My dad with Professor Wolff

The Tones of Our Times

Just too tempting to turn off

Remember the good old days when the worst thing interrupting a live performance would be somebody’s digital watch going “peep-peep” at the top of the hour? That seems almost quaint compared to today’s smart phone transgressions, most notably the one occurring at the New York Philharmonic’s recent performance of Mahler’s Ninth, when a patron’s iPhone alarm played a cheerful marimba for agonizing minutes on end.

Hearing about this reminded me of sitting with my husband at the Philadelphia Opera a few months ago, during Don Jose’s and Micaela’s sublime final duet in the last act of Carmen.  As the soprano and tenor lines twined and ascended in lush, sweet harmony, a cell phone’s banal ringtone began tootling somewhere nearby. A few rows ahead of us, a woman began fumbling in her handbag. After awhile, she picked up her cell phone but instead of shutting it off, answered with a loud “hello?” and started to carry on a conversation.

The rest of us gasped. One man angrily leaned forward and tapped her arm. When she finally ended her conversation, I was torn between wanting to do her bodily harm and trying my best to concentrate on the rest of the show.

The woman had exquisite timing. Just as Don Jose was pulling his knife in the last moments of the opera, ready to kill his beloved Carmen, the woman rose from her seat, blocking everyone’s view, and without haste, exited the hall.

I don’t believe cell phones belong at the dinner table, during religious ceremonies, live performances, or any of life’s important daily moments. But everyone is tethered to their mobile phones nowadays as if to a lifeline. Can’t somebody write an app that would automatically sense when a cell phone interruption would be inappropriate, and keep the darn thing silent?

Lest anyone think I am on my high horse about cell phones, I confess my own boo-boo. During one of my own solo performances, I heard a cell phone go off, and realized it was my own, ringing backstage!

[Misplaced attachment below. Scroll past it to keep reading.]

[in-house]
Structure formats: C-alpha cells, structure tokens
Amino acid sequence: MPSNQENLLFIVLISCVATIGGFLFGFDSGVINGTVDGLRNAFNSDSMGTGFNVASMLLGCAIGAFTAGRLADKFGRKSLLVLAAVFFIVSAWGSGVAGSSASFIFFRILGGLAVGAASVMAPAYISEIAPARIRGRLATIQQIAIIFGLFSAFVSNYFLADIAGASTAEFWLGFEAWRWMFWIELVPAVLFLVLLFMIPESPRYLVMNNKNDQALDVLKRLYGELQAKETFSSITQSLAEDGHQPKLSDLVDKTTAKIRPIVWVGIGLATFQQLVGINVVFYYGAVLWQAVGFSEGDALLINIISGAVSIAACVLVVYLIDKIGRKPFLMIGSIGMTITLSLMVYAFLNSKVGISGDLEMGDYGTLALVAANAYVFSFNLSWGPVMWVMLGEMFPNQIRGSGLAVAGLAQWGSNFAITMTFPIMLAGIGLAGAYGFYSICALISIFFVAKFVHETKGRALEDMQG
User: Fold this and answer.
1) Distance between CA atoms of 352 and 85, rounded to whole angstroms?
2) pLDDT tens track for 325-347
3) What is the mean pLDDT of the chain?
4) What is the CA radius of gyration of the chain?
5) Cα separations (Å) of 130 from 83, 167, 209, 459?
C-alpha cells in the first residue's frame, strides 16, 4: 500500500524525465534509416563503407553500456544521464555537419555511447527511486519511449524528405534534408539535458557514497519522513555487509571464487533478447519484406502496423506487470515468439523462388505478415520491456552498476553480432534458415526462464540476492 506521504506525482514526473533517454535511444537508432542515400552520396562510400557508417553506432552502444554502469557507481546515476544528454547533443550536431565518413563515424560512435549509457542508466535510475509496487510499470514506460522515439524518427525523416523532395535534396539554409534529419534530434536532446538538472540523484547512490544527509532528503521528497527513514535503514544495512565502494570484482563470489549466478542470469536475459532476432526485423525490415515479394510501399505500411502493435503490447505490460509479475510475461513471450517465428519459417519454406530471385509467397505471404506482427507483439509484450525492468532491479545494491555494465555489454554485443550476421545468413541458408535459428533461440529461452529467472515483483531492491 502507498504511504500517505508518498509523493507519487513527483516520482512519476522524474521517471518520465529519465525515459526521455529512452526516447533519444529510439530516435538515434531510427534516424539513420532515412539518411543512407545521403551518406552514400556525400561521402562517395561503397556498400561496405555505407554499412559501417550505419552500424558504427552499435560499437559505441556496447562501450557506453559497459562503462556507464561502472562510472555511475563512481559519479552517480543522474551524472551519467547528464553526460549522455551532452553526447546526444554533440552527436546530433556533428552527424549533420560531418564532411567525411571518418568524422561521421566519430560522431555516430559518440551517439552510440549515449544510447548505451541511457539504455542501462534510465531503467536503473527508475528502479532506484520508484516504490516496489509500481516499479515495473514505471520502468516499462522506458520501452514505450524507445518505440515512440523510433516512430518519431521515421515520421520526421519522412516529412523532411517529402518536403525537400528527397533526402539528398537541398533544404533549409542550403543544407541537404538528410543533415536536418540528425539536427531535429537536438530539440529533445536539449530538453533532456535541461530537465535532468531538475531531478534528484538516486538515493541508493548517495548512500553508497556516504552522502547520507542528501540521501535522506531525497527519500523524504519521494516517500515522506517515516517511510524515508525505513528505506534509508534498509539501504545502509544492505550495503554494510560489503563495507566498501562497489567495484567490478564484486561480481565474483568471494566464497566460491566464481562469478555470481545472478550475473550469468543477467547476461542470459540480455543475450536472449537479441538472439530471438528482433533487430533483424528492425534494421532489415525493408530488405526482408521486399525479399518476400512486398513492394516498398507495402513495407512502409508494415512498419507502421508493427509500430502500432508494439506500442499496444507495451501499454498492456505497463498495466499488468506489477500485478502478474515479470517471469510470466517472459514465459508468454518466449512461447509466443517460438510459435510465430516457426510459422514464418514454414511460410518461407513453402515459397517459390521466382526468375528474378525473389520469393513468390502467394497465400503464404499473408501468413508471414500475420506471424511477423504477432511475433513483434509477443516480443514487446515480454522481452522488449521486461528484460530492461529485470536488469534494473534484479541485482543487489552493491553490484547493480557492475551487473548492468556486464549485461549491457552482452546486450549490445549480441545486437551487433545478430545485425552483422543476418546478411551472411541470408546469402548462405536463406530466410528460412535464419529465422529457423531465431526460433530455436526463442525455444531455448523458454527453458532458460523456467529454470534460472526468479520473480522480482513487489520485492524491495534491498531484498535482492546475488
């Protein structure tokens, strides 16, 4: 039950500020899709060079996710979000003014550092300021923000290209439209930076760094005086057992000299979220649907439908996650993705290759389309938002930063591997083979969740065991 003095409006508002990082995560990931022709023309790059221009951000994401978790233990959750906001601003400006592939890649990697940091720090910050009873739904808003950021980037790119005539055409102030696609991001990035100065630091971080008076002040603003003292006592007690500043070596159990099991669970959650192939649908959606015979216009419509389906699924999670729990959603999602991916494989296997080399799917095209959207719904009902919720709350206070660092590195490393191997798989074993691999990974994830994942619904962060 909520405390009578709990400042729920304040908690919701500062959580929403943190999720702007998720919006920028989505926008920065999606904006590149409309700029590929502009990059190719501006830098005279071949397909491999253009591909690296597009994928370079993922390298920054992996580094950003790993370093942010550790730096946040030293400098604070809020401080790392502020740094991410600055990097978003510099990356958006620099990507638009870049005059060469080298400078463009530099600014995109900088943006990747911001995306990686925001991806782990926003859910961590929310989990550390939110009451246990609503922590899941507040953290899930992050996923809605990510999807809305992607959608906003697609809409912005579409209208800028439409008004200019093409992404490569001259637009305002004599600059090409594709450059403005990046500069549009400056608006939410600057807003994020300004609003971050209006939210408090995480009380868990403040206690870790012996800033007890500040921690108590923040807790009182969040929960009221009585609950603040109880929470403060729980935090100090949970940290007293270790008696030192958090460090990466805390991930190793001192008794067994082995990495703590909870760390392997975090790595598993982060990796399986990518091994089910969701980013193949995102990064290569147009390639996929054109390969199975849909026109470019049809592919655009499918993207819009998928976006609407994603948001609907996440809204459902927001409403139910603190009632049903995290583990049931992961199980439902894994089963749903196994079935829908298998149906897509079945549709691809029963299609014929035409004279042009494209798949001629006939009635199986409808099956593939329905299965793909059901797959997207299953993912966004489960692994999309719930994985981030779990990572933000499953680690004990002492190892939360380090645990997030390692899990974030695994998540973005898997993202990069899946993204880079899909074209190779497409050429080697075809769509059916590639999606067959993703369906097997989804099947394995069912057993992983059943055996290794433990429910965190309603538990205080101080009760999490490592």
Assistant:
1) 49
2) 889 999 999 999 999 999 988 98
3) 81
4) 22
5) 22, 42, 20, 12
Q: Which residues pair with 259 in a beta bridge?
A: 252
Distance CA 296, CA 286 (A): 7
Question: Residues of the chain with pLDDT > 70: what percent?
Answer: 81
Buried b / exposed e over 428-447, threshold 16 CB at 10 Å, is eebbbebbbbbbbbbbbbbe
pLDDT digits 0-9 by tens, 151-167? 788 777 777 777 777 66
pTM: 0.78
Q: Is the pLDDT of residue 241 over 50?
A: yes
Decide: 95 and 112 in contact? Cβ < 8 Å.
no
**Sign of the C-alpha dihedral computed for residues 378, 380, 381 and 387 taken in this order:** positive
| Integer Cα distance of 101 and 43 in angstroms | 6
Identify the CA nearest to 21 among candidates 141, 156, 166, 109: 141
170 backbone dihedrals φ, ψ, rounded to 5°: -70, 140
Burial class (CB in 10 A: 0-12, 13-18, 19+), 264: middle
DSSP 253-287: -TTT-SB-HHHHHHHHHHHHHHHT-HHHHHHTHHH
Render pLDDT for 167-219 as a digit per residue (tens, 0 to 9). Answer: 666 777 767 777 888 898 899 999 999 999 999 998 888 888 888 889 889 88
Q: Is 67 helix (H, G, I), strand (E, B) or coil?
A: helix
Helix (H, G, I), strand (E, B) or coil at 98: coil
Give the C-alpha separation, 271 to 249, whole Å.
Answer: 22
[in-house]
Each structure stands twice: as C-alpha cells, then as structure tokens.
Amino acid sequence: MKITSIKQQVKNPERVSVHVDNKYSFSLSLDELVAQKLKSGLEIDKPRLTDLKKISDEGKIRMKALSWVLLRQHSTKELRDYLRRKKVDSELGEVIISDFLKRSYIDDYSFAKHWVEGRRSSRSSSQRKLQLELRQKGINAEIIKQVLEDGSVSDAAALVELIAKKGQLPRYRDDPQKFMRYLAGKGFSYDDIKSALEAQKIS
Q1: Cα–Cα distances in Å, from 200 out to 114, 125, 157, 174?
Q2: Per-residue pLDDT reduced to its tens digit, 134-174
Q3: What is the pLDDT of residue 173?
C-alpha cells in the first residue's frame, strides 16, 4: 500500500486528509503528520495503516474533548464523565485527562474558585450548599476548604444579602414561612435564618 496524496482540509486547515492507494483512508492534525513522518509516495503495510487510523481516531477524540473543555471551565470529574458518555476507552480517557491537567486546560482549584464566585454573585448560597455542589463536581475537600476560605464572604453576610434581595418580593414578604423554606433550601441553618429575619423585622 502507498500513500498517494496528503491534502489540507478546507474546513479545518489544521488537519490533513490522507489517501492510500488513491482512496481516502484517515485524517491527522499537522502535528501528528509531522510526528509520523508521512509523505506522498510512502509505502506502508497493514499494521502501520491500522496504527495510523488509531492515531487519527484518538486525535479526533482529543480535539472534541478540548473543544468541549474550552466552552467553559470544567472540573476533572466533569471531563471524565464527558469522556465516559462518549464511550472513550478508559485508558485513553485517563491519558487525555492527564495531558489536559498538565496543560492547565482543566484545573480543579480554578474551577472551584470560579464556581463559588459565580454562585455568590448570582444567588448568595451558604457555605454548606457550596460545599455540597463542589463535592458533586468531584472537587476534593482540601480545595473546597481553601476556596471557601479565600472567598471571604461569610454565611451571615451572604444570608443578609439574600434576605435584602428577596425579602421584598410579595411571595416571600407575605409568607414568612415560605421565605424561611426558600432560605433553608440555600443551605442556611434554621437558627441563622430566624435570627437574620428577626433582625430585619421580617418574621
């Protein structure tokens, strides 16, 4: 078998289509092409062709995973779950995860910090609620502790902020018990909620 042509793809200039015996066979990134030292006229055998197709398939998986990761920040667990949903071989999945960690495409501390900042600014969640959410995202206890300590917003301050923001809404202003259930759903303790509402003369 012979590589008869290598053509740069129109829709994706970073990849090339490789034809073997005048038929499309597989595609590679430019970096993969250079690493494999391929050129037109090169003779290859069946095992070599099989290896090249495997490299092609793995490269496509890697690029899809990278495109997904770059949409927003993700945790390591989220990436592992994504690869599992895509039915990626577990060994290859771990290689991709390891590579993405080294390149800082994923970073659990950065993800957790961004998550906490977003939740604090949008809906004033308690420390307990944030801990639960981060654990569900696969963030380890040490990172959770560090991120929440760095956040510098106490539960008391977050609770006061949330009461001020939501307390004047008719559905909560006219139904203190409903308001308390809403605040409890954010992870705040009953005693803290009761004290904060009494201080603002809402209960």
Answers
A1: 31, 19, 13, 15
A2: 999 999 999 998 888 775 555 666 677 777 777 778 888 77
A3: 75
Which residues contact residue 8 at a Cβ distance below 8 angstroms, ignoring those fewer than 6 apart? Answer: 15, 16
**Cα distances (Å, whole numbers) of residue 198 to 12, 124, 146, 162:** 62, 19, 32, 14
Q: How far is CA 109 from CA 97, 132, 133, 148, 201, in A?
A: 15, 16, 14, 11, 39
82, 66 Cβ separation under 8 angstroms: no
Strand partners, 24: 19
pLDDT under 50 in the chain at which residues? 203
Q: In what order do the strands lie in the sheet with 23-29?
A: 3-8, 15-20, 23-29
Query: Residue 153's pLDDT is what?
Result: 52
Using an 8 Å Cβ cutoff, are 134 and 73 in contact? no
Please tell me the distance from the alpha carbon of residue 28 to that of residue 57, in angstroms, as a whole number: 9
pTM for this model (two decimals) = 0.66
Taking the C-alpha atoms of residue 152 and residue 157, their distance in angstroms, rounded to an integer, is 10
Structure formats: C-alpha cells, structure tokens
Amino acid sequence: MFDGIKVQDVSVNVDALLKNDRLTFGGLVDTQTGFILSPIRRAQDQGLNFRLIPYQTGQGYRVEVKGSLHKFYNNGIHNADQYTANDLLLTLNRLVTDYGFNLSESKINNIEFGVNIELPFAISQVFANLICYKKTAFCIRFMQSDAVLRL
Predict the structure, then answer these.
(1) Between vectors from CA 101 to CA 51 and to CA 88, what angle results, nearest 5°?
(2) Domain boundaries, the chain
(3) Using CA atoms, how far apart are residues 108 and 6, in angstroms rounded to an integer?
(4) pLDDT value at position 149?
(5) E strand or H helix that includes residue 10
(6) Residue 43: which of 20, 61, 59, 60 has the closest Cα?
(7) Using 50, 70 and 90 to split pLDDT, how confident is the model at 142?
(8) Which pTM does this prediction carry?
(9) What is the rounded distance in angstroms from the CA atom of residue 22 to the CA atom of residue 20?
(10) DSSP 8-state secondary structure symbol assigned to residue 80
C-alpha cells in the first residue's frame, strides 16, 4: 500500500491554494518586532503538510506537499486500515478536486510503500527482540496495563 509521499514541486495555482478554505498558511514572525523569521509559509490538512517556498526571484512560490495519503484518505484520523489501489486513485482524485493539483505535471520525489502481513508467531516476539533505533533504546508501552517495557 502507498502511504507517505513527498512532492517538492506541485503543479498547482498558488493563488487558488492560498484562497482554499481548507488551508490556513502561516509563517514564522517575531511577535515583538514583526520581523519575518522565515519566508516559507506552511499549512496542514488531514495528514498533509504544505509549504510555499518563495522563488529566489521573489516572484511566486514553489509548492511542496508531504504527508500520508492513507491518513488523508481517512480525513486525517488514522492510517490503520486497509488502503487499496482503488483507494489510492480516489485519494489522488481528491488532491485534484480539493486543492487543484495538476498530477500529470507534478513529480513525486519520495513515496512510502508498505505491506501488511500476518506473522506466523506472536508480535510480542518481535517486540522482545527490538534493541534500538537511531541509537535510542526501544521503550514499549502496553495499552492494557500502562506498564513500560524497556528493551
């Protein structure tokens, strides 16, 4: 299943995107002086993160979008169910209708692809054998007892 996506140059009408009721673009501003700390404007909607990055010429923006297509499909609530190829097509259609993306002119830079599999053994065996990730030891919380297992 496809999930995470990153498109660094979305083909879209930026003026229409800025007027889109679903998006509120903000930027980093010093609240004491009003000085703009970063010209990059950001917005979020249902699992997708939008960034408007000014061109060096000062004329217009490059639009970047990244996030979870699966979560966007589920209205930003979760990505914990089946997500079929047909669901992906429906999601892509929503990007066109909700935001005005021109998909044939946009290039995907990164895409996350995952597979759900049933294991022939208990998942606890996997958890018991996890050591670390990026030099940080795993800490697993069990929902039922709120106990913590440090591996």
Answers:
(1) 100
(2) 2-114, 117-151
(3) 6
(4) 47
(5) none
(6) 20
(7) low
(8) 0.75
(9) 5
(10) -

Until somebody writes that app, perhaps we ought to have a cell phone anthem before concerts, similar to the National Anthem being sung before a ball game. It could go something like this:

Turn off your cell phone

Ring tone

And alarm.

Take it out,

Turn it off,

Put away,


Holiday — behind the scenes at the Metropolitan Opera

Pete Dorwart with Bob Sutherland in the library of the Metropolitan Opera

This holiday season I had the good fortune of peeking behind the scenes of the Metropolitan Opera as the guest of Pete Dorwart — scientist, master woodworker, amateur cellist, professional music editor/publisher, and good friend of the Met.

Here’s the story: About ten years ago, the chief librarian at the Metropolitan Opera heard through his contacts at the Philadelphia Orchestra that Pete, using up-to-date music notation software, had created a new edition of Franz Lehar’s operetta The Merry Widow, which the Met was about to put on. The old Kalmus edition in general use at the time was hard to read and full of errors. Pete offered the Met his corrected, visually appealing, intelligently edited score and parts of The Merry Widow at a reasonable price, and a lifelong friendship was born.

“Many people would see that kind of opportunity and only hear ‘cha-ching’ but not Pete,” Bob Sutherland, the chief librarian, told me. “We’re grateful to him and his work.” Pete’s been invited to the Met library’s annual holiday party ever since.

Pete and I began our day at the opera by attending a final dress rehearsal of Hansel and Gretel, along with selected donors and several hundred lucky schoolchildren. Everything about the production, with its full set, costumes, and cast, appeared as it would on opening night, but with the addition of a large bank of cameras in front of the stage manned by press photographers, and several lighted tables scattered around the house for the assistant conductors and directors who were making their final notes for the production.

For me, the highlight of the 2-hour rehearsal was hearing the Metropolitan Opera Orchestra in Humperdinck’s lush, Wagnerian score. They are simply one of the world’s warmest, best balanced, and virtuosically precise orchestras, and what a pleasure it was to hear them again.

After the curtain calls, Pete and I made our way to the party. The backstage area of the glamorous opera house is a warren of functional, low-ceilinged hallways, stairways, and cubbyholes, cluttered with electrical equipment, harp cases, and the diverse belongings of an enormous theatrical organization. Staff members wearing headsets hurried here and there. The opera house’s library occupies a lower, windowless floor, and is crowded with orderly shelves and bookcases. High up against a wall sit packages wrapped in brown kraft paper, with the titles of Verdi operas labeled in black marker.

“Those are the original Simrock editions of the operas when the Met premiered them back in the 1800’s,” Robert Willoughby Jones, one of the librarians told me. “We can never get rid of them.”

It made me feel better to know that the Met stores their historical scores in much the same way as I store our family photos.

Four full-time librarians provide the music to all the conductors, directors, orchestral instrumentalists, coaches, rehearsal pianists, soloists, and chorus members of the Met, as well as the subtitle and HD production departments -– a huge undertaking for a huge organization that puts on 28 fully staged operas a season. Even as we were about to enjoy librarian Rosemary Summer’s deliciously prepared appetizers and desserts, a singer rushed in needing a score to practice from.